The charging cable has a small magnetic end with two contact points that match the gold contact points on the back of the watch. The magnetic connection is not very strong, so I had to be careful to position the watch and charging in order to keep the charging connection intact.


  • Display: 1.55-inch 360x320-pixel resolution, TFT touch
  • Materials: Aluminum watch case. TPU quick-release 20mm watch band
  • Water resistance: 5 ATM
  • Connectivity and sensors: Bluetooth 5.1, side PPG sensor, PPG sensor on the bottom, accelerometer, skin temperature sensor
  • Battery: 260 mAh battery with a rated life of 10 days. Two hours to charge.
  • Dimensions: 43.2 x 35.2 x 10.5mm and 44 grams (with silicone band)

What is Arty?

When I was approached about trying out the watch, the first question I had was, "What is Arty?" Arty heart health is powered by ATCOR technology, with more details in this PDF.

The Arty Score combines heart and health scores, so you get one score to use for trend analysis. Other values measured and provided as part of the Arty Heart Health platform include eCAP, ArtyAge, HSX, and TruHR, so let's look a bit closer at these measures:

  • eCAP: Your exercise capacity measurement provides an indicator of blood flow to the inner muscle of your heart. Most of my measurements were in the 85% to 95% range, and for this measure, higher is better.
  • ArtyAge: This is a measure of the stiffness of your arteries, and your goal should be to make sure that this is always lower than your actual age. I need to test this more since my readings over two weeks ranged from 20 to 60 years old. I'm 53 and appreciated seeing a 20-30 year range at times, but I was discouraged by the 60-70 year range that appeared a couple of times, and it's not clear how one can obtain a consistent reading here. I understand that taking measurements at the same time every day may provide more useful trend analysis, but so far I did not get much value from this particular metric.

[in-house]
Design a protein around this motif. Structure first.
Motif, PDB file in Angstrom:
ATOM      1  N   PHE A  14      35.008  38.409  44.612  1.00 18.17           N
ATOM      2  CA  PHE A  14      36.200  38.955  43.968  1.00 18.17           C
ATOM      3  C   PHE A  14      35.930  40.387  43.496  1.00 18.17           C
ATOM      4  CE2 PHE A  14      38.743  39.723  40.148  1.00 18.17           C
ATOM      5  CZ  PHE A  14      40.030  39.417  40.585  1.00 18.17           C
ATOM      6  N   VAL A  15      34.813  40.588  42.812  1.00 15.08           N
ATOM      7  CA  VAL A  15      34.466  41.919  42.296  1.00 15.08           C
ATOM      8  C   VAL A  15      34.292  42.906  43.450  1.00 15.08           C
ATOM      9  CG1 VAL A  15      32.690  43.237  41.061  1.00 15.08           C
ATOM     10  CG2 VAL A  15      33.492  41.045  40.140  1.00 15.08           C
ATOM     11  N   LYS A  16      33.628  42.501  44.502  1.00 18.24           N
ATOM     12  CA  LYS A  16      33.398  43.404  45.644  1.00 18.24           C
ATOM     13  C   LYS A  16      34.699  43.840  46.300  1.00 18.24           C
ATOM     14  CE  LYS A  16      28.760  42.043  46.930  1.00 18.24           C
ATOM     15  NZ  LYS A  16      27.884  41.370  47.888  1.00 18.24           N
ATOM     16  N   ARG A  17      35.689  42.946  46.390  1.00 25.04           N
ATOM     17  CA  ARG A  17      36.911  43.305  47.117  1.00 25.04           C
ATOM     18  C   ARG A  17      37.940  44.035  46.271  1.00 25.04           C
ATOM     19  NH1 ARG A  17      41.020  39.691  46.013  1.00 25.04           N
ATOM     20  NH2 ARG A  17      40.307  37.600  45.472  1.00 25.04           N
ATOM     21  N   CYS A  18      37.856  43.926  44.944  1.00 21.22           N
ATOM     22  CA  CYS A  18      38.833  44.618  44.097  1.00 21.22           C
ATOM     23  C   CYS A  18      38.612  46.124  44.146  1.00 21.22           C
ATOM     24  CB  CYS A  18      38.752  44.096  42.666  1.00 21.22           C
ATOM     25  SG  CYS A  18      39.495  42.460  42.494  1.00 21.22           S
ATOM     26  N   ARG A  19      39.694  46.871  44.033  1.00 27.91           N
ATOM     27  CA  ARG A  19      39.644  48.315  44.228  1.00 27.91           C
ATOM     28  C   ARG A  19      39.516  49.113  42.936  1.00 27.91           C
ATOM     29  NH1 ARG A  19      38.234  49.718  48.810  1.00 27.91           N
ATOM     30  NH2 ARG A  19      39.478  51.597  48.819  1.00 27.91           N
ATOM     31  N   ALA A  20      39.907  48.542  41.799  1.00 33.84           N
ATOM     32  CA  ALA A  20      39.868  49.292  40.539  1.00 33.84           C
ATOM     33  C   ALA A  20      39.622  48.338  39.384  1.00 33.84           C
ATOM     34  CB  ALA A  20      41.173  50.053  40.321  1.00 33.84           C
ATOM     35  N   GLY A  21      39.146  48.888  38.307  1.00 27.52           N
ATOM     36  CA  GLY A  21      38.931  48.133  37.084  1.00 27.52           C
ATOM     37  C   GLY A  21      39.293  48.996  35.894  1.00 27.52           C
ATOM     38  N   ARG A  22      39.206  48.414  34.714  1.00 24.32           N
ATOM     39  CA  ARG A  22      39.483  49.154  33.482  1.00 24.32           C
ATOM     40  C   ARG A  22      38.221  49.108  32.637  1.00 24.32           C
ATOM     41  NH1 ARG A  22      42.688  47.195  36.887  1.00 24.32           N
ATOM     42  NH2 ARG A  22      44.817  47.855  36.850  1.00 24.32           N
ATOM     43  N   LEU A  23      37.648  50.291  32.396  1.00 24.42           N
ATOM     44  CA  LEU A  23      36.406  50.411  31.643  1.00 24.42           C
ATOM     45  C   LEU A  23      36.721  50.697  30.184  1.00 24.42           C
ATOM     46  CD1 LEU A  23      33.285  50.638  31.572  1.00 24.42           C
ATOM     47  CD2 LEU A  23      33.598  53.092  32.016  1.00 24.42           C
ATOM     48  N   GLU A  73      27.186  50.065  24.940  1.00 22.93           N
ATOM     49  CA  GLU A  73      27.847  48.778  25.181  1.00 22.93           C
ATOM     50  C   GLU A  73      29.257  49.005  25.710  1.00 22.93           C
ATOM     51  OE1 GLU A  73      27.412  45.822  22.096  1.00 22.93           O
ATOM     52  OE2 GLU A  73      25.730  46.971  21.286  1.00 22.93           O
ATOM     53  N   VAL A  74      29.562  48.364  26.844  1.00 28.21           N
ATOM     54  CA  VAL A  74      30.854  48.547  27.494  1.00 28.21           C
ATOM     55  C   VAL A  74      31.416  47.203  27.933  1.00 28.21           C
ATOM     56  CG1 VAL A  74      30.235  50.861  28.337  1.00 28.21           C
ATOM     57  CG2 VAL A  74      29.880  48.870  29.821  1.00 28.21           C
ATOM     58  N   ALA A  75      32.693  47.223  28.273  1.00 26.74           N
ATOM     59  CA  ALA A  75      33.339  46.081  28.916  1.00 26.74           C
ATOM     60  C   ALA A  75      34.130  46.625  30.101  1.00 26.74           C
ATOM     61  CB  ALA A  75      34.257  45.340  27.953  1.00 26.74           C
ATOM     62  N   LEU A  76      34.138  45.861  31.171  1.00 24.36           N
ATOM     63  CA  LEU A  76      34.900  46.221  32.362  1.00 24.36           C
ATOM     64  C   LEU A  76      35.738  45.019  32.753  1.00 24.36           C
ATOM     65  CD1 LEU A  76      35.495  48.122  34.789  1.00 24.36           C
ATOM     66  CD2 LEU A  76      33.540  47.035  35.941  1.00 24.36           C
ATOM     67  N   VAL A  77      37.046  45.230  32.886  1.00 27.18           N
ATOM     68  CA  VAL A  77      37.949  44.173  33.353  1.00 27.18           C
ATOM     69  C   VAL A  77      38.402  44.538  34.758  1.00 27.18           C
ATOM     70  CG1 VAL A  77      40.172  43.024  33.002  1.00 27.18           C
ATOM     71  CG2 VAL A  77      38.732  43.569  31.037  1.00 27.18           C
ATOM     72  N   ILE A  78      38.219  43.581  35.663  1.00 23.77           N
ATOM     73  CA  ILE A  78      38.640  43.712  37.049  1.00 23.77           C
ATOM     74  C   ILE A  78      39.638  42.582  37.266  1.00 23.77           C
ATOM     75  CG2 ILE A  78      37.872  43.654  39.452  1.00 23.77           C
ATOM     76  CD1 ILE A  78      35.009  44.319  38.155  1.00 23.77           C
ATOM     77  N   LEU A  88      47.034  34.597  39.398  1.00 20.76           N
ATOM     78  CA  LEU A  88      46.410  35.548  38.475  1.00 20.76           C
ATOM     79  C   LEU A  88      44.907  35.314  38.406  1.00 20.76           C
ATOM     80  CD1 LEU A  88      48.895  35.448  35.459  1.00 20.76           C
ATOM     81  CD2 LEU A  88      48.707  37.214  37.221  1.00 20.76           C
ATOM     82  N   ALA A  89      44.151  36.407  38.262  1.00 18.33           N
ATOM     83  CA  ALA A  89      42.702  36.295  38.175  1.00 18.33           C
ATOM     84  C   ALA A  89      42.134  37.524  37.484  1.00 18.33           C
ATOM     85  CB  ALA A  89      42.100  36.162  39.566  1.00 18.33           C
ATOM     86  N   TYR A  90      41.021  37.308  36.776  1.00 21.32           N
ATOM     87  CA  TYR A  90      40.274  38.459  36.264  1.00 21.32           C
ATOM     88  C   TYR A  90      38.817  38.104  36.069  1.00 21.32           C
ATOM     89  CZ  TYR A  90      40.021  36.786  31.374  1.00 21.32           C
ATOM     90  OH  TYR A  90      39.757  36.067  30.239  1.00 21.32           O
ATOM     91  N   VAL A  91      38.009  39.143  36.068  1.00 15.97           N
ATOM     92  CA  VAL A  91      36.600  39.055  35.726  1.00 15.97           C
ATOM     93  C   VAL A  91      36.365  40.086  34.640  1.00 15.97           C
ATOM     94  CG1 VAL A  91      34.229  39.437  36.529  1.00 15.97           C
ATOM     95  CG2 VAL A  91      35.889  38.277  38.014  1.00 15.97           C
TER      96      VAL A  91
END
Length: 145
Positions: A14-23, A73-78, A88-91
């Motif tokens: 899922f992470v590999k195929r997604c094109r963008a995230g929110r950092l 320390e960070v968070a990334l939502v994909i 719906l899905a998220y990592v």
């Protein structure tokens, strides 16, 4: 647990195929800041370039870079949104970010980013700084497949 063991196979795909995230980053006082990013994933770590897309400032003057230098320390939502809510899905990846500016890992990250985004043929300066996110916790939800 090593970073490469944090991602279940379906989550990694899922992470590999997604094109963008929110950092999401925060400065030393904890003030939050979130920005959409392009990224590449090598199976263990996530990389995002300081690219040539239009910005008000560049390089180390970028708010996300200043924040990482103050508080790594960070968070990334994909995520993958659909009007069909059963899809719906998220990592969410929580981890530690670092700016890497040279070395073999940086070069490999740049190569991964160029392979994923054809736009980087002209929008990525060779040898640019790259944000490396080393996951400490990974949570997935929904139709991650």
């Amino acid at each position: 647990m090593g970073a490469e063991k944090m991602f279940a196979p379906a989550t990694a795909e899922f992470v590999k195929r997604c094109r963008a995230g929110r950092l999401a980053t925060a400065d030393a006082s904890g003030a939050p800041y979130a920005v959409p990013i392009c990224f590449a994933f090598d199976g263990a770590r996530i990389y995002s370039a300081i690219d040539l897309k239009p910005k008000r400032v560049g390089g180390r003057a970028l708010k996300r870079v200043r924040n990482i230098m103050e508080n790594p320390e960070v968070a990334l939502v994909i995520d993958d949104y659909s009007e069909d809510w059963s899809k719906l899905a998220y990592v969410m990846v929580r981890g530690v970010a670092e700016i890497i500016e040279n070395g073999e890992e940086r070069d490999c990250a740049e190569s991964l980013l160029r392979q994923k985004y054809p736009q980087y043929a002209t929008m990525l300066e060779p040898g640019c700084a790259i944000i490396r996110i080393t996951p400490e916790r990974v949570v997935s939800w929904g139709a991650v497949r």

• HSX: The heart stress index measures the extra load on your heart due to the stiffening of the arteries. A lower value here is desired. My readings ranged from 20% to 80%, which is too large of a range to help me understand my heart health.
  • TruHR: This is reported as a more accurate true heart rate reading, similar to the accuracy obtained from an electrocardiogram. My readings were fairly consistent here, ranging between 45 to 51 bpm.
  • My overall Arty scores ranged from 62 to 92, with most of the scores in the 75 range. A higher score is better for Arty, with 75 or higher labeled as excellent. Increasing exercise, weight reduction, and other lifestyle improvements should increase your eCAP and lower your HSX while raising your overall Arty score. I am working to lose 20 pounds and exercise more, so I will continue to track and check my Arty score trends.